Again, part of the sales decline was attributed to divestments and exits, but even after these were discounted, NSN's revenues were still about 13% down compared with 2012.

So now Suri, who noted during Thursday's earnings conference call that he is "not satisfied" with the current level of revenues, is on a sales drive. That will be helped by the significant mobile rollouts in China, where NSN has won deals with China Mobile Ltd. and China Telecom Corp. Ltd. and believes it's on course to be "the leading foreign vendor," and by improving capital expenditure trends in Western Europe and Russia. (See APAC Fuels 4G Action, Report: Huawei, ZTE Win Big at China Mobile, and NSN Gets Aggressive in China.)

The CEO is also hopeful that NSN's deal with Sprint Corp. (NYSE: S) will help its US business now that revenues from T-Mobile US Inc. are winding down. (See Sprint Sparks Up Vendors for Faster 4G LTE.)

But the CEO noted that the first half of 2014 is going to be "challenging," not only in terms of sales but also on its margins, as NSN is currently engaged in some major network rollout projects that in the early stages of the deals involve the supply of lower-margin equipment, while higher-margin capacity upgrades come later in the contract cycle. (This is a trend also noted by Ericsson in recent years.)

As a result, NSN expects its non-IFRS operating margin (after one-time costs) to be around 5%, or possibly even lower.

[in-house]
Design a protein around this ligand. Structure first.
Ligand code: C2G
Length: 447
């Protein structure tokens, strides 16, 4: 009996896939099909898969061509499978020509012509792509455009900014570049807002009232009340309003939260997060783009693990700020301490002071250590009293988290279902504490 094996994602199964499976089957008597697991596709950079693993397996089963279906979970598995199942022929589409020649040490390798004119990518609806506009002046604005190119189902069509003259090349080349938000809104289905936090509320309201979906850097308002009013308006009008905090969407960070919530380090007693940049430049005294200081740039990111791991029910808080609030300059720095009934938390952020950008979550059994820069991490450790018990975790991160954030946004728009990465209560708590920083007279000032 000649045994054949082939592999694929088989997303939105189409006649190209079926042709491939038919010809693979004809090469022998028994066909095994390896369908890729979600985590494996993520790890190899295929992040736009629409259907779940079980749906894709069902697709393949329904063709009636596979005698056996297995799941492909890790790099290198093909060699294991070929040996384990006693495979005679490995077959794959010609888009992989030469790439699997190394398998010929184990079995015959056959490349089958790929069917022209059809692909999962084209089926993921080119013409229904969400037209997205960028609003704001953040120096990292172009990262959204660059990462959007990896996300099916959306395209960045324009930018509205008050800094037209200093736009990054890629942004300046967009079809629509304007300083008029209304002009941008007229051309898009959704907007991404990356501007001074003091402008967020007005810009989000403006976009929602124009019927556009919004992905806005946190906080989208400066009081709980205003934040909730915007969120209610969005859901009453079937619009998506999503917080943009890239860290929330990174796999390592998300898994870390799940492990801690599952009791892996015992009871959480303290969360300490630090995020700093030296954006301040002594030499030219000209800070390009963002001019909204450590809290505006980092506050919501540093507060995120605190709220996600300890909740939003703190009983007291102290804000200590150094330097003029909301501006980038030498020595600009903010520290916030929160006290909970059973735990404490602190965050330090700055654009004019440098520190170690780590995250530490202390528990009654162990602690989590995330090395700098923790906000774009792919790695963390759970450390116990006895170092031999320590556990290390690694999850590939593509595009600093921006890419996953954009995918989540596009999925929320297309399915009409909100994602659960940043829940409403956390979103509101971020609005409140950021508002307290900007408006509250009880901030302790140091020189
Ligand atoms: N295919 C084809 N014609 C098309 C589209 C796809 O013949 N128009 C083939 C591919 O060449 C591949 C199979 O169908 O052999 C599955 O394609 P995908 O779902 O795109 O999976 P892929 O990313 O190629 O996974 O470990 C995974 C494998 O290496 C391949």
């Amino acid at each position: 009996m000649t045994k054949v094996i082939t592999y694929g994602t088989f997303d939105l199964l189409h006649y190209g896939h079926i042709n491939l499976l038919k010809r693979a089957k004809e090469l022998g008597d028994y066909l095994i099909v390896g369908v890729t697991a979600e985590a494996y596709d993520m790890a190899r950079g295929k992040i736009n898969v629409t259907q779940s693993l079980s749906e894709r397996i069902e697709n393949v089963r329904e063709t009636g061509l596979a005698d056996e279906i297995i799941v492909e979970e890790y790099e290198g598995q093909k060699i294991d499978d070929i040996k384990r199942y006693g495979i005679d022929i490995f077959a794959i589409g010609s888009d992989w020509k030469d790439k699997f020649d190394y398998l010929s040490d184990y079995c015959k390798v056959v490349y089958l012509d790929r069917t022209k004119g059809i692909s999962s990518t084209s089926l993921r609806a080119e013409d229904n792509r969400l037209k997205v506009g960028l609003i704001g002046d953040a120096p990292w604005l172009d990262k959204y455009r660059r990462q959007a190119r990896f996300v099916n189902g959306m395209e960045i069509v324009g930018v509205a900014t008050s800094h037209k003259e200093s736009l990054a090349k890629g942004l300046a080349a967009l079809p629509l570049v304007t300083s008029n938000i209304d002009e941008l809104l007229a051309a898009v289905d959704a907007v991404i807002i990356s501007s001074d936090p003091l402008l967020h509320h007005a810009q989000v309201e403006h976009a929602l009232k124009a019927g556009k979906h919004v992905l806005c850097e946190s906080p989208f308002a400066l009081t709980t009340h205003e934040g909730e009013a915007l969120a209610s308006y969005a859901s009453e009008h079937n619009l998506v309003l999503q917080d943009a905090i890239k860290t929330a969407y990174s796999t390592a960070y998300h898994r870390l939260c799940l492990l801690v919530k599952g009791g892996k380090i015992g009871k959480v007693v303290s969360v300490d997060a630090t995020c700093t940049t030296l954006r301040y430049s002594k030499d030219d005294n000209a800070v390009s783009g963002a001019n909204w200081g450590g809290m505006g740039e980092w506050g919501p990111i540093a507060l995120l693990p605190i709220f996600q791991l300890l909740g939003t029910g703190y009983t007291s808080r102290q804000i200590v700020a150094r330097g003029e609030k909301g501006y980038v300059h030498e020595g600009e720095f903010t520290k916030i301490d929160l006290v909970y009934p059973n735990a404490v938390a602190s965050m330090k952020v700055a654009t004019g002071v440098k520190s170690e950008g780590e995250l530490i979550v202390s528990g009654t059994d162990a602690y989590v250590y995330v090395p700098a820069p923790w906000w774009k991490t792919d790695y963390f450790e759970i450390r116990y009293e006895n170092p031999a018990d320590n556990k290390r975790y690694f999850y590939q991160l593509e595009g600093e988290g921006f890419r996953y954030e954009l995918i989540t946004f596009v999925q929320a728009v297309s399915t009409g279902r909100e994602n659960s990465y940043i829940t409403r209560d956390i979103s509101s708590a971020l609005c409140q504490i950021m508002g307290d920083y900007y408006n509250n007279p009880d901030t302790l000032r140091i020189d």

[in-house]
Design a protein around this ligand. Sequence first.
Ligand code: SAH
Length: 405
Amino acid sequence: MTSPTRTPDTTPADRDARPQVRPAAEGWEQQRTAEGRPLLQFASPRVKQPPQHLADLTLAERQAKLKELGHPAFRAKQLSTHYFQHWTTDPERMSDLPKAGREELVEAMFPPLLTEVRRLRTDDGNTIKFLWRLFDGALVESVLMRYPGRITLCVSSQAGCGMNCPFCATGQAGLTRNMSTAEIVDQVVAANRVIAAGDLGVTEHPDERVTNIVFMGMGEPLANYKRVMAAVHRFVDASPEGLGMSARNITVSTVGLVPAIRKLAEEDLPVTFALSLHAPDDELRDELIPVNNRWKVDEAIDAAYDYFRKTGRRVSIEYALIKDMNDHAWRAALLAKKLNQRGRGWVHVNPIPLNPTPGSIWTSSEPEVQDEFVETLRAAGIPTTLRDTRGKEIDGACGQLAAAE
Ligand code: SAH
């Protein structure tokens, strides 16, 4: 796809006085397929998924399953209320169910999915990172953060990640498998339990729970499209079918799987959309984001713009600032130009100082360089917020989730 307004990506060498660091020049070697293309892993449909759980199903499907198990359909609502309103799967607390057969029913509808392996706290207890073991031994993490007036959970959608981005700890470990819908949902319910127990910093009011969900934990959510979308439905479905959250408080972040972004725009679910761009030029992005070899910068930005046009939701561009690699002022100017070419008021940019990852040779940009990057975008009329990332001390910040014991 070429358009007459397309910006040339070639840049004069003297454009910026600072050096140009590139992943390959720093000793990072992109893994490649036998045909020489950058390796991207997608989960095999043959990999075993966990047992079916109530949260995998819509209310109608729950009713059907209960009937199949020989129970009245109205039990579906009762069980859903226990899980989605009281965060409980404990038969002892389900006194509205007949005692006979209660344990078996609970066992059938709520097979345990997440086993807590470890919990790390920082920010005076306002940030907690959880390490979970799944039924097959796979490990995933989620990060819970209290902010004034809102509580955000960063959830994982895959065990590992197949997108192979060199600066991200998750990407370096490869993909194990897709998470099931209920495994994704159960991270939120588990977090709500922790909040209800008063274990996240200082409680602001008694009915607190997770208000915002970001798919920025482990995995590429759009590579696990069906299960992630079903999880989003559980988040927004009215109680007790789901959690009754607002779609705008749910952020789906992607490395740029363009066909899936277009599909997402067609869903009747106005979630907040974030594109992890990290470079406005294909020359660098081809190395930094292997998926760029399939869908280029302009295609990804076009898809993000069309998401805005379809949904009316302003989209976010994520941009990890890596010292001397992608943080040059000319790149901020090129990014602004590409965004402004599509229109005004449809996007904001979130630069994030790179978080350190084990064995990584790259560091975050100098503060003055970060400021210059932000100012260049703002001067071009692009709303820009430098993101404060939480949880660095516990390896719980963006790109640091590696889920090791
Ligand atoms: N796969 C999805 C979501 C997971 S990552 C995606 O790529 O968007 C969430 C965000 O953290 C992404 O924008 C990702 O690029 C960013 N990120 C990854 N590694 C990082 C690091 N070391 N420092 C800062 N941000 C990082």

But Suri noted that NSN is not looking to boost its sales by low-balling on price. He assured investors and analysts that NSN is only committing to contracts that deliver long-term profitability. "We are being selective," he stressed, noting that NSN's projected full-year non-IFRS operating margin for 2014 is expected to be "towards the higher end of the company's target range of 5% to 10%."

He also noted that the company-wide cost reduction and restructuring program announced in late 2011 is now all but complete, and that the vendor's operating expenses and production costs have been reduced by €1.5 billion during the past two years. NSN ended 2013 with 48,409 staff compared with about 74,000 at the end of 2011. (See NSN Unveils Its Kill List.)

— Ray Le Maistre, Editor-in-Chief, Light Reading

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Ray@LR
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Ray@LR,
User Rank: Blogger
1/24/2014 | 5:07:44 AM
Re: Cautious but optimistic
I just have to note that while it is true that the financial analyst community was not interested in NSN until now, Light Reading was most certainly always interested...

:-) 
Ray@LR
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Ray@LR,
User Rank: Blogger
1/24/2014 | 5:06:33 AM
Re: Selective?
Ha - yes, good question.